Cavanagh Letterhead, 1941
On February 7, 1961, Hat Corporation of America filed an amendment to the trademark dropping the street address altogether, leaving only "Cavanagh Hats, New York," but this change could have first showed up by late-1953 or early-1954. These advertisements below feature the crest from hat liner tips, and appear to reflect the liner changes from the time. Notice that the change from John Cavanagh, Ltd. to Cavanagh Hats matches with the change in actual hat liners. The ads from 1954 and 1955 show no street address, and quite possibly reflect that change in liner tips at the same time. However, one exception to note is on the back cover of a booklet from 1956, included with the purchase of Cavanagh Hats, which also features the crest from hat liner tips, but the earlier style with the address. So, there could possibly be some overlap in liner tip crests with and without addresses. Photos left to right, or top to bottom: Liner example from am early-1950s homburg, advertisements from May 1946, September 1946, March 1951, May 1951, November 1952, March 1953, May 1954, April 1955, respectively, and a Cavanagh brochure from 1956.
Example of Liner Address Change, and Advertisements Charting the Timeline of the Change
Cavanagh first put the words "Cavanagh Edge" at the front of the sweatband of their hats starting October 1, 1952. Though the term had been in use since the creation and patenting of the Cavanagh Edge process in February 1913, the company had never filed on the trademark. They rectified that by filing for the trademark on October 22, 1952, and received the registration September 1, 1953. The script debossment would be used on the sweatband at least into the late-1960s. Photo is of an early-1950s hat with Cavanagh Edge script. Photo by and courtesy of Robert Kent, used with permission.
Early-1950s Address with Cavanagh Edge Script. Photo by and Courtesy of Robert Kent. Used with permission.
The decade of the 1950s saw the standardized factory labels change again as new printing equipment was put into use. These labels were used across all of Hat Corporation of America's lines until sometime after 1960, when the label changed slightly. Photo is of a typical 1950s label.
Typical 1950s Label
Because of rising inflation in the first months of the Korean War, a presidential executive order created the Office of Price Stabilization (OPS), which, much like the OPA during World War II, created price ceilings on competing products. It was in effect from January 24, 1951, until April 30, 1953. Labels were affixed to hats just as they had been a decade earlier. To the right is an example. Again, not all hats from this time period may have had these labels. Photo is of an OPS label.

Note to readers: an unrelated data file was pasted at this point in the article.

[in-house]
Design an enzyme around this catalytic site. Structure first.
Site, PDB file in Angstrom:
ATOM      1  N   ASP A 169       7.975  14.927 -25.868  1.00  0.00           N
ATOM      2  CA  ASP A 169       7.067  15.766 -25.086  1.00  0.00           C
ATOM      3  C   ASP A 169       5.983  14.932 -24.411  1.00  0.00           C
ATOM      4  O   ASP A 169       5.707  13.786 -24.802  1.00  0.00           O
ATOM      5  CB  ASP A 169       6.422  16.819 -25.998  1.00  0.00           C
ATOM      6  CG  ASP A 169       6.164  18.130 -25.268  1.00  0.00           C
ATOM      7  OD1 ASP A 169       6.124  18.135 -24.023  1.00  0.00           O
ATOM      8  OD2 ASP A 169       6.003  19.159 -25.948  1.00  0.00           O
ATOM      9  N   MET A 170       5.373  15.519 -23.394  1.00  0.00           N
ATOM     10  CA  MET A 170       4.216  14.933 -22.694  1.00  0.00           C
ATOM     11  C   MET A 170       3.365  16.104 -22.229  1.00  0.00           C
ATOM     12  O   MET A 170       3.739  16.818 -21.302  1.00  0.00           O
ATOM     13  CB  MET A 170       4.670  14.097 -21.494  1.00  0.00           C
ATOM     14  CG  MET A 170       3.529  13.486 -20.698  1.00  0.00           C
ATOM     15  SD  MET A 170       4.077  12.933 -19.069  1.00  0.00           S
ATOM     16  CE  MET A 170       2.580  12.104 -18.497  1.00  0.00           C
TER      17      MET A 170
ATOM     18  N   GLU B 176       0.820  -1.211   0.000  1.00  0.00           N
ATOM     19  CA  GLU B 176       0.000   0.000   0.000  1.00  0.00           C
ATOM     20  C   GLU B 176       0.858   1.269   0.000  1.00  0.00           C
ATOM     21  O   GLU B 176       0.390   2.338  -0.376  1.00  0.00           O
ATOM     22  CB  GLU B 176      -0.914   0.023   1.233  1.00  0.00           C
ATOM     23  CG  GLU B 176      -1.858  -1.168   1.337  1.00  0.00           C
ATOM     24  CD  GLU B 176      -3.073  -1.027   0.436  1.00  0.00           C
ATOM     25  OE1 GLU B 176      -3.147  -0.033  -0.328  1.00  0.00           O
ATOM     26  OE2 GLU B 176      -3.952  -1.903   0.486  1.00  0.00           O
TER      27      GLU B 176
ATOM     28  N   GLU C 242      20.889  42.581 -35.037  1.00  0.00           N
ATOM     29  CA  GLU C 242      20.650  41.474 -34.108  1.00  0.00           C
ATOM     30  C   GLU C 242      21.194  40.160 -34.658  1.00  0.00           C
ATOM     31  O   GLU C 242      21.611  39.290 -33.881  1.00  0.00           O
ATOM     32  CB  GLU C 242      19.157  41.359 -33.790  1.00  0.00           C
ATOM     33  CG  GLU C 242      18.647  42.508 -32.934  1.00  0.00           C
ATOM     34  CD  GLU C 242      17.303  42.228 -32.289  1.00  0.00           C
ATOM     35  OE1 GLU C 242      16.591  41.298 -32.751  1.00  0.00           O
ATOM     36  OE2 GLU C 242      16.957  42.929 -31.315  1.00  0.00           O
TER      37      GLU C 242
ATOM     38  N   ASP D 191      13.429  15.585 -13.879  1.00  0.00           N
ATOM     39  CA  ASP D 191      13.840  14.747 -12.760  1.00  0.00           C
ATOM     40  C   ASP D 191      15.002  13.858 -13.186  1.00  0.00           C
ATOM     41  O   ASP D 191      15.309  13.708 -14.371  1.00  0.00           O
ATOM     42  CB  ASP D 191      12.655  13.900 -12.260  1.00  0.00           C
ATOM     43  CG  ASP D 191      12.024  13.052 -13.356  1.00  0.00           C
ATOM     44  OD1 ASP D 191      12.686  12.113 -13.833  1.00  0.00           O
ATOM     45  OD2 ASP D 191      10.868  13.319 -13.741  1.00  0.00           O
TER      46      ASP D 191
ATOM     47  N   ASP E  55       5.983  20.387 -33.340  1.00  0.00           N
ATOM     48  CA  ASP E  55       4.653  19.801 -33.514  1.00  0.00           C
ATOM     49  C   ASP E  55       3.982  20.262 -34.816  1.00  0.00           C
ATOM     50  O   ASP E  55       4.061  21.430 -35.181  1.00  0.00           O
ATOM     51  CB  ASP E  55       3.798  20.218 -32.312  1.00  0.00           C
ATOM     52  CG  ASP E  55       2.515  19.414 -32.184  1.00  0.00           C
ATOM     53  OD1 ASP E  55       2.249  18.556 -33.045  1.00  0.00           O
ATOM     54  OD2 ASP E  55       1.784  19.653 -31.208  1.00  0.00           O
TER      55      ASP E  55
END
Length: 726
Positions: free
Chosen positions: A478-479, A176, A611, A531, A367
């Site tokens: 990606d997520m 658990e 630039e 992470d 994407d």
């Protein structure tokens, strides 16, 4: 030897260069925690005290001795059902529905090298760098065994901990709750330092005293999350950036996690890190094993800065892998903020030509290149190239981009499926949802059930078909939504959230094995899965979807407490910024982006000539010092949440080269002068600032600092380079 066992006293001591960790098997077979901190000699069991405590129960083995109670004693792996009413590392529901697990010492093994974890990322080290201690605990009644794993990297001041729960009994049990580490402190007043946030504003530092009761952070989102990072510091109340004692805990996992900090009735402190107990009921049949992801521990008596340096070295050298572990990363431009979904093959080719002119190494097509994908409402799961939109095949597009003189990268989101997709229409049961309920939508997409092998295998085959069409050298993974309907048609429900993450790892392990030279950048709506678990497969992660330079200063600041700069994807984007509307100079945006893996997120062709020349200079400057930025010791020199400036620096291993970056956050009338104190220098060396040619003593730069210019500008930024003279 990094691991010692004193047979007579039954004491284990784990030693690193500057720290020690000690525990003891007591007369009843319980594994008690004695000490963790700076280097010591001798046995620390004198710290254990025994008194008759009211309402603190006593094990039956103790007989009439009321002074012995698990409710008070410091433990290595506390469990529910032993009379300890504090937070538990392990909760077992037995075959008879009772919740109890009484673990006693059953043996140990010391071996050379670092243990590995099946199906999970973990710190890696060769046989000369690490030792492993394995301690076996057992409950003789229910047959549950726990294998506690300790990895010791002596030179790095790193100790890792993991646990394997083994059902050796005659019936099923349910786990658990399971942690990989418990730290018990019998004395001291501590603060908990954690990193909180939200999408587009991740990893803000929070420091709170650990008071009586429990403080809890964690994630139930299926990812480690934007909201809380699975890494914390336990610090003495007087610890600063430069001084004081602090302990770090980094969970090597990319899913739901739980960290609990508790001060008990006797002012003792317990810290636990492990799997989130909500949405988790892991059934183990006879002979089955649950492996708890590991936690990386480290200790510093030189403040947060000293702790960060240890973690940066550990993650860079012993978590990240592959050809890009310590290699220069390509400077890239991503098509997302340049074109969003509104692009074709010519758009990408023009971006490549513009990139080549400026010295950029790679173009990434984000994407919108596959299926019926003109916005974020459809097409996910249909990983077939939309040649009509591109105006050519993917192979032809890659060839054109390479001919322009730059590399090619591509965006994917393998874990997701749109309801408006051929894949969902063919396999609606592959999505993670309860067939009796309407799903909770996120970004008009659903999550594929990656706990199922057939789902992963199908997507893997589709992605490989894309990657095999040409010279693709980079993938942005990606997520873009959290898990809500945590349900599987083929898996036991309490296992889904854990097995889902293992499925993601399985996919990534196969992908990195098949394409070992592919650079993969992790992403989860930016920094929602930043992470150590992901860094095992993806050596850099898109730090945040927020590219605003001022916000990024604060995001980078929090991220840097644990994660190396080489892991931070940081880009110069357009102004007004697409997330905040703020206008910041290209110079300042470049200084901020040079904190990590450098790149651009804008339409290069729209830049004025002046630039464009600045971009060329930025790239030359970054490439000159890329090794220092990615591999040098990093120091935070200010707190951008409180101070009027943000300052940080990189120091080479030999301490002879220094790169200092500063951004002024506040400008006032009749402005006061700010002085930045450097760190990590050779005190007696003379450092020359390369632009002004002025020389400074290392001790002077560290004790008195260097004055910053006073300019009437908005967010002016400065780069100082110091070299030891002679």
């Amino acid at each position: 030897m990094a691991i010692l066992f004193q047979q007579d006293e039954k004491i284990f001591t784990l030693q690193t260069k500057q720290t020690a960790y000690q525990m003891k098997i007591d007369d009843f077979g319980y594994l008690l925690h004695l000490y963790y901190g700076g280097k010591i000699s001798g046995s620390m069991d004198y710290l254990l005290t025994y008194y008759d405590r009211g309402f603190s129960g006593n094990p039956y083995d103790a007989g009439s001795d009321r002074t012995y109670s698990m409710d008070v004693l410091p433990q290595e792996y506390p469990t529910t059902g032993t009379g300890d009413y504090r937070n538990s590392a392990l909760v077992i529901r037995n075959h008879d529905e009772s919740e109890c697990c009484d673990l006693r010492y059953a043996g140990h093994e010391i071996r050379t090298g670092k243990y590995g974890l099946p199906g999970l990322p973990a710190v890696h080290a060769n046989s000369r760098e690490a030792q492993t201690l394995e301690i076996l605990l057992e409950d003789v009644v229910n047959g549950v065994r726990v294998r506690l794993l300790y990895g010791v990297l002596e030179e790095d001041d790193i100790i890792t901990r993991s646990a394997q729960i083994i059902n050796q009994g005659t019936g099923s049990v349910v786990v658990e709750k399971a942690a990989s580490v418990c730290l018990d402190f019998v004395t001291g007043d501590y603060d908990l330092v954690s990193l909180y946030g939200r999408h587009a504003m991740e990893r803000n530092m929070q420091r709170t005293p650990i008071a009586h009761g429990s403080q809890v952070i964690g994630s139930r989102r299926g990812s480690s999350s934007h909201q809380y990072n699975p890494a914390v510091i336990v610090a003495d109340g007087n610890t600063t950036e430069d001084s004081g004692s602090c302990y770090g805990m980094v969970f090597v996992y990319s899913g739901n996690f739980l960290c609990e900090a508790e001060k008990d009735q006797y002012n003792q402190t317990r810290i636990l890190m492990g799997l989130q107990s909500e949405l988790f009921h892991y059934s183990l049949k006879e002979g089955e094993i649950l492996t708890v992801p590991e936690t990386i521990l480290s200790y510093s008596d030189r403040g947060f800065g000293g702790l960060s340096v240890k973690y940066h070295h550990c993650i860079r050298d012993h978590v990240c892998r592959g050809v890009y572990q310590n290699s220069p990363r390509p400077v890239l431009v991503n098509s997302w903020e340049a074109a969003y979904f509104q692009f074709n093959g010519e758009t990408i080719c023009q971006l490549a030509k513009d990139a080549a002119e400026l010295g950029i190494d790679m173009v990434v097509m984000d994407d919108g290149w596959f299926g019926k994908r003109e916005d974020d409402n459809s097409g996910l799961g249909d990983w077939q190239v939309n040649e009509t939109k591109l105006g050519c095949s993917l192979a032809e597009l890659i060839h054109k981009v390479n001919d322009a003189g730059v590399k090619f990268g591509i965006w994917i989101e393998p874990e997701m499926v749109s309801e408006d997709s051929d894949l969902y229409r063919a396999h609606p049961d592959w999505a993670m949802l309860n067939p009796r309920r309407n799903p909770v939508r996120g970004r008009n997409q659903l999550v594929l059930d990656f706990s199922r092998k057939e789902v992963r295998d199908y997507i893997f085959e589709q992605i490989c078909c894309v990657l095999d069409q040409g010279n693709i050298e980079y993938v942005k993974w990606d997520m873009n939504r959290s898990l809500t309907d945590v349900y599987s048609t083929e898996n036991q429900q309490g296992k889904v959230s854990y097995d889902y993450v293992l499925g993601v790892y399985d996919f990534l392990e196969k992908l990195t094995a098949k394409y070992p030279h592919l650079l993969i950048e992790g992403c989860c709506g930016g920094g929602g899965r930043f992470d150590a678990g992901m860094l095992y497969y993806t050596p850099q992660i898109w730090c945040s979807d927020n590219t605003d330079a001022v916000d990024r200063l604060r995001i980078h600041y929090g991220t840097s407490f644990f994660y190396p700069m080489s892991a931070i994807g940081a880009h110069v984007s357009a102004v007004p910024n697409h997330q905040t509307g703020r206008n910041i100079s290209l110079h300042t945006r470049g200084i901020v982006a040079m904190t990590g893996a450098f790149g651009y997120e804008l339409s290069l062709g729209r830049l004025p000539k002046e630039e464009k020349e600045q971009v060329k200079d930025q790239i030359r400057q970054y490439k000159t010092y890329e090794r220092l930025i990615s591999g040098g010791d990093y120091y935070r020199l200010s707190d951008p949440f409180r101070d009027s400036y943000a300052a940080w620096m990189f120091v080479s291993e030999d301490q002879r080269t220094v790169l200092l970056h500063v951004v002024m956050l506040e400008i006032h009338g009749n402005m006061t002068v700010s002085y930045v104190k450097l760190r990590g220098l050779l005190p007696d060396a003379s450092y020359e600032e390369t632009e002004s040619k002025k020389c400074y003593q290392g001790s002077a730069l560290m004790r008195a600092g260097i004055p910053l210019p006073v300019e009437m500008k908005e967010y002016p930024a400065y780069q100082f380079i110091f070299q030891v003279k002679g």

1951—1953 OPS Label
The key difference between the 1950s labels and the 1960s labels is the removal of the block depth from the label. With most hats having short crowns by that point, and fewer men being fashion savvy when it came to subtle distinctions in crown height and brim width, it was apparently deemed unnecessary. Photo is of a typical 1960s label. Note the block depth has been removed.
Typical 1960s Label
By the late-1960s, many Cavanagh hats sported a plastic tip protector in the crown of the hat, something that didn't happen in earlier periods. Cost cutting measures also show up, such as sweatband leather that isn't as tall, and gluing the liners into the crown instead of sewing them.
Hat Corporation of America (HCA Industries by 1972) got out of the hat business altogether in 1972, selling their brands to Koracorp, the same company that owned Resistol. Cavanagh hats continued to be manufactured in Garland, TX, until at least the 1980s. For these hats, the word "Cavanagh" in script on the sweatband is a big clue, as are the computer printed factory labels, which are much larger than the HCA labels ever were. Cavanagh hats probably went out of production sometime in the 1980s, though they were briefly brought back by RHE Hatco around 2007. An example of their 100% Beaver Fur Cavanagh Park Avenue is presented here. The production run of hats didn't last more than a couple years. RHE Hatco still sells wool cloth caps under the Cavanagh name, though they are made in Italy. Time will tell if Cavanagh Hats will rise again.
2008 Cavanagh Park Avenue
Size tags are not an easy tool to accurately pinpoint a decade because there is so much overlap between decades, but for reference purposes, most will be shown here.
The black size tag probably dates earlier than the 1920s, but examples carried into the 1930s.
Typical 1920s Size Black Tag
The white tag could be found from the 1920s to the early-1940s.
Late-1920s White Size Tag
The gold tag has quite the longevity, though there are changes in the typeface used and the type of gold on the paper. Early gold tags feature a serif typeface, and tend to exhibit a greenish patina today; much of the gold often looks to be coming off. Tags from the 1950s onward do not exhibit this issue.
Left: 1940s Gold Size Tag, and Right: 1960s Gold Size Tag
The brown oval size tag appeared in the early-1950s, and lasted at least until the early-1960s.
1950s Brown Oval Size Tag
~The Hatted Professor
© 2016 J. Bradford Bowers